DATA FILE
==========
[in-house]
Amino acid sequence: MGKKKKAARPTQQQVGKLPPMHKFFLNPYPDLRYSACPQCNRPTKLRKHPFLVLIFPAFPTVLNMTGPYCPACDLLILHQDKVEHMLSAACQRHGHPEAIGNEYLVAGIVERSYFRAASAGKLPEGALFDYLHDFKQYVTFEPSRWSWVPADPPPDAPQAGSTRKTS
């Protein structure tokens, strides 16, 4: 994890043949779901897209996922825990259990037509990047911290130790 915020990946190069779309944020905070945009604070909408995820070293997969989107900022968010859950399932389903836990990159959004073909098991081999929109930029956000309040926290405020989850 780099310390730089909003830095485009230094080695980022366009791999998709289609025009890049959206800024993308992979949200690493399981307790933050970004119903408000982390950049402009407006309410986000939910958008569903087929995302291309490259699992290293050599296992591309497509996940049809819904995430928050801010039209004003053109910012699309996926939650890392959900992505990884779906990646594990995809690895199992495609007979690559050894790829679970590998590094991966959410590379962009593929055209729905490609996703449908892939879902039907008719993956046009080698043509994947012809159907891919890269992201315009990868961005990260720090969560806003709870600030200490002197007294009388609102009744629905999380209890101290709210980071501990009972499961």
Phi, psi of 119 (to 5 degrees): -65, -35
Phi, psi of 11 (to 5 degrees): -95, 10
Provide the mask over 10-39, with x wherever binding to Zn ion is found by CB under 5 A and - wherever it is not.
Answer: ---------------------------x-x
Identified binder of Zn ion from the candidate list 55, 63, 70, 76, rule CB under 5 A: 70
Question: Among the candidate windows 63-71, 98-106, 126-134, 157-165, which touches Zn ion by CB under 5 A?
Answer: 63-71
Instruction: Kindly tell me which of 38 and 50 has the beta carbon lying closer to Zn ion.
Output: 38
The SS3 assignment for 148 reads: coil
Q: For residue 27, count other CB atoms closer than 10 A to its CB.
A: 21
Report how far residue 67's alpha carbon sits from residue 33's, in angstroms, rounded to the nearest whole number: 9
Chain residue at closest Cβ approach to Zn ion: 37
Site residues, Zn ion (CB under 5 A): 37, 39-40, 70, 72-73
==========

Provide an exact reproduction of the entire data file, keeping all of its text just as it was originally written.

[in-house]
Amino acid sequence: MGKKKKAARPTQQQVGKLPPMHKFFLNPYPDLRYSACPQCNRPTKLRKHPFLVLIFPAFPTVLNMTGPYCPACDLLILHQDKVEHMLSAACQRHGHPEAIGNEYLVAGIVERSYFRAASAGKLPEGALFDYLHDFKQYVTFEPSRWSWVPADPPPDAPQAGSTRKTS
């Protein structure tokens, strides 16, 4: 994890043949779901897209996922825990259990037509990047911290130790 915020990946190069779309944020905070945009604070909408995820070293997969989107900022968010859950399932389903836990990159959004073909098991081999929109930029956000309040926290405020989850 780099310390730089909003830095485009230094080695980022366009791999998709289609025009890049959206800024993308992979949200690493399981307790933050970004119903408000982390950049402009407006309410986000939910958008569903087929995302291309490259699992290293050599296992591309497509996940049809819904995430928050801010039209004003053109910012699309996926939650890392959900992505990884779906990646594990995809690895199992495609007979690559050894790829679970590998590094991966959410590379962009593929055209729905490609996703449908892939879902039907008719993956046009080698043509994947012809159907891919890269992201315009990868961005990260720090969560806003709870600030200490002197007294009388609102009744629905999380209890101290709210980071501990009972499961």
Phi, psi of 119 (to 5 degrees): -65, -35
Phi, psi of 11 (to 5 degrees): -95, 10
Provide the mask over 10-39, with x wherever binding to Zn ion is found by CB under 5 A and - wherever it is not.
Answer: ---------------------------x-x
Identified binder of Zn ion from the candidate list 55, 63, 70, 76, rule CB under 5 A: 70
Question: Among the candidate windows 63-71, 98-106, 126-134, 157-165, which touches Zn ion by CB under 5 A?
Answer: 63-71
Instruction: Kindly tell me which of 38 and 50 has the beta carbon lying closer to Zn ion.
Output: 38
The SS3 assignment for 148 reads: coil
Q: For residue 27, count other CB atoms closer than 10 A to its CB.
A: 21
Report how far residue 67's alpha carbon sits from residue 33's, in angstroms, rounded to the nearest whole number: 9
Chain residue at closest Cβ approach to Zn ion: 37
Site residues, Zn ion (CB under 5 A): 37, 39-40, 70, 72-73